*Candidate responses were not modified or altered.

Candidate Questions

Q1. What are your top 2 priorities for Reno?

Q2. How would you increase local funding and incentives to develop affordable housing for low and middle-income communities?

Q3. How would you address the displacement of low-income communities and communities of color due to gentrification?

Q4. How would you support the growing number of renters in our community?

Q5. How would you create a welcoming and supportive community for immigrants and their families?

Jenny Brekhus


A1. 1) The fiscal sustainability of Reno government to provide essential public services and quality of life amenities 2) The equitable allocation of city resources and public infrastructure investment across our city particular to neighborhoods where our most vulnerable populations reside.

A2. As this response is drafted it is March 23 and the federal government is at work on a stimulus package to bring needed assistance to state and local governments. Prior to being elected to the Council, I worked on federal stimulus programs related to affordable housing production and housing assistance during the Great Recession within in state government. I understand how these programs work and will work to effectively leverage federal resources with local ones. I championed an Accessory Dwelling Unit ordinance in my prior term that would have by my estimate created over 200 units the first year. These units are smaller and thus more affordable. I advocate for a sewer connection fee structure that favors infill (implementation in progress) and the elimination of transportation impact fees in infill settings also. These efforts will reduce production costs. I oppose subsidies to housing developers that do not include affordability requirements. For these reasons I opposed the City’s 1000 Homes in 1000 Days program because it did not require those who received the subsidy to construct restricted affordable units.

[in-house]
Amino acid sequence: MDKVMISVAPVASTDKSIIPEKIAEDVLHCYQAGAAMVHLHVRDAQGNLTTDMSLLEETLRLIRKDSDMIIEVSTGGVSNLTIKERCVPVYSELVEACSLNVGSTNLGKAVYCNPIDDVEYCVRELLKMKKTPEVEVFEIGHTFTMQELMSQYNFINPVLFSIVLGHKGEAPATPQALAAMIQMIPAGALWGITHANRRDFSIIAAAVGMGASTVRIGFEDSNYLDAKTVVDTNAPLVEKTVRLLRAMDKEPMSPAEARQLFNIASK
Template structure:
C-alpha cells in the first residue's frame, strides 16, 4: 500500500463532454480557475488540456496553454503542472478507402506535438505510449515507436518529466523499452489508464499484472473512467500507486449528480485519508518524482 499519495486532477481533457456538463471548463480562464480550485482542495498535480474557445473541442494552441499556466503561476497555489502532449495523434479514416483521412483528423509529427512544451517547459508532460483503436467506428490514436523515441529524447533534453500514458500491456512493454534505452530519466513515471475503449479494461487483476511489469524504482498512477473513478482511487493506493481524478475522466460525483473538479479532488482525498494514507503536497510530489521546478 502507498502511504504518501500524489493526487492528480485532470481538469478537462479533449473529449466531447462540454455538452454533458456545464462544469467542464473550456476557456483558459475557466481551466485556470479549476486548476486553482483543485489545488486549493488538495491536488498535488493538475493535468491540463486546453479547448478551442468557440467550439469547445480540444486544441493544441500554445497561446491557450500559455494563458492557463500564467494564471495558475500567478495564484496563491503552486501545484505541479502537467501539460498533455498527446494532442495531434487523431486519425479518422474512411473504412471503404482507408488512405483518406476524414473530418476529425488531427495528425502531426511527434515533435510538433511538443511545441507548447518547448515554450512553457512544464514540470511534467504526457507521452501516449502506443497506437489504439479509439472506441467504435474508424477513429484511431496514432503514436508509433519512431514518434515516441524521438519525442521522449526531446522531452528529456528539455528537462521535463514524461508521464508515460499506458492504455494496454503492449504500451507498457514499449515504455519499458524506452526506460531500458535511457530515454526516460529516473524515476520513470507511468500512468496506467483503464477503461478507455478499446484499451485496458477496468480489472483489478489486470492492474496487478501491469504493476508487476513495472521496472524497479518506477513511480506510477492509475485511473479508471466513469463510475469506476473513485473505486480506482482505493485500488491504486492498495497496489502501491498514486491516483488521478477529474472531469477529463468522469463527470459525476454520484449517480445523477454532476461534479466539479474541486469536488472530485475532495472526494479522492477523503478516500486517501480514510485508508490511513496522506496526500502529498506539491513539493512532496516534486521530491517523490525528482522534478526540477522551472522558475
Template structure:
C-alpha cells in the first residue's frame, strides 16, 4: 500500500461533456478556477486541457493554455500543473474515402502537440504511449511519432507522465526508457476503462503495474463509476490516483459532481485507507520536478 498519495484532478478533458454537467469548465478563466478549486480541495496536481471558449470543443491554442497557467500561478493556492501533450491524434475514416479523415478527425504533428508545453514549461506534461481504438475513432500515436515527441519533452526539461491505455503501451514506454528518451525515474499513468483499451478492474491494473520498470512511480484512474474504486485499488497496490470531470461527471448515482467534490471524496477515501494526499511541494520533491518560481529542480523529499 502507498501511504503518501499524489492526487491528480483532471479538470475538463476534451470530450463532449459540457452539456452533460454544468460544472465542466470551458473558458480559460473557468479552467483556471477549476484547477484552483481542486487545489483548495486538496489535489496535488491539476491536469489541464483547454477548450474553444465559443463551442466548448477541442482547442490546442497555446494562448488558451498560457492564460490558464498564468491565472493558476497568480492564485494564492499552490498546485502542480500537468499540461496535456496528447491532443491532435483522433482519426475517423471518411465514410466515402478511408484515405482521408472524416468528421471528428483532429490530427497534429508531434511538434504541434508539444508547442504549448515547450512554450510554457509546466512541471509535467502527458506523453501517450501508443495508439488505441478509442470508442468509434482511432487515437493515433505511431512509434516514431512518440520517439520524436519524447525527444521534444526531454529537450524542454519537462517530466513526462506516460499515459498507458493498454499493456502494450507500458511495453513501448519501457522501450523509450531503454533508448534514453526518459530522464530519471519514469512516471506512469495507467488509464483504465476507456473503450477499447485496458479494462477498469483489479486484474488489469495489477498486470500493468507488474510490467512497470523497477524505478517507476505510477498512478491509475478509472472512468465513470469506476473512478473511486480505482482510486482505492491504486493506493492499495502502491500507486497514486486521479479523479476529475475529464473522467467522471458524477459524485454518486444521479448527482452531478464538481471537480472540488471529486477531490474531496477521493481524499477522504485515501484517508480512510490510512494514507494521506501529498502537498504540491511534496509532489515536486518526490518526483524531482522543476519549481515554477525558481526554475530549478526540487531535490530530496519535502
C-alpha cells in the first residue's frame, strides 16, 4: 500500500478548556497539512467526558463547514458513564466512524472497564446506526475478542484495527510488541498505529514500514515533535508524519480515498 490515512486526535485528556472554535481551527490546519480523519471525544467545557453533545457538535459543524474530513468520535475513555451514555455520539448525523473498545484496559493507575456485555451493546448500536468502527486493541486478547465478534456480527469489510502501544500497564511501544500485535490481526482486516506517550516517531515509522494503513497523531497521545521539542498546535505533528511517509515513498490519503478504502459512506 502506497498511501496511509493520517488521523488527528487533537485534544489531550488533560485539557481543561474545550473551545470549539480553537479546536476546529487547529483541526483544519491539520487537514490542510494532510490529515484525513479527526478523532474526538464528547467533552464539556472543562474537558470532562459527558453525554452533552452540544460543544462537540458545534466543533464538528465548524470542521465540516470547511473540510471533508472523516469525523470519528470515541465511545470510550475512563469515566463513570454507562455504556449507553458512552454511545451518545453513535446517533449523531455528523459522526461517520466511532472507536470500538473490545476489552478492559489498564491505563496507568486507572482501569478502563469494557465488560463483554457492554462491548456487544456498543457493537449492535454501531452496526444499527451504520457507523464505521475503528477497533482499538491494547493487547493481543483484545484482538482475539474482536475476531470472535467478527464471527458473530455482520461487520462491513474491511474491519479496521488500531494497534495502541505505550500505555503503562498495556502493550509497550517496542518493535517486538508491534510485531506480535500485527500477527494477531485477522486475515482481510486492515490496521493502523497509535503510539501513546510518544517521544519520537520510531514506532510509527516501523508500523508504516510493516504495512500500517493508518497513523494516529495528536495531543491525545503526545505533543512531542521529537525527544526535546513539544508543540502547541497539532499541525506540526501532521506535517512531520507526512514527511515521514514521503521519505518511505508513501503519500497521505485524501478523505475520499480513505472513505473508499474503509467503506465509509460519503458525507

A3. I have addressed displacement by calling out the Jacobs Entertainment group for their actions that may be the most significant displacement effort in modern Reno history. In exercising their property rights Jacobs demolished over 300 units on approximately 24 acres of land, without turning over a shovel to construct a new residential unit. These were motel units were the housing most attainable for struggling households. Councilmembers have amplified voices.

These voices should be used judiciously to both celebrate those who are doing good things in our community but also on occasion, call out those who are hurting others and I have done that. One key to minimizing displacement is to focus on older neighborhoods uniformly with public investment and services, so that one neighborhood does not become the “hot” neighborhood attracting influxes of capital. This allows all neighborhoods a chance to be on a level footing and equally attractive for existing residents. This also requires new community’s that are built on the perimeter to have the design features that older neighborhoods and districts inclined to gentrification have, rather than be monolithic auto-oriented residential subdivisions. These concepts are in the Reno Master Plan that I put forth in my first term as something that needs to be done and I am pledged to faithful implementation of that plan.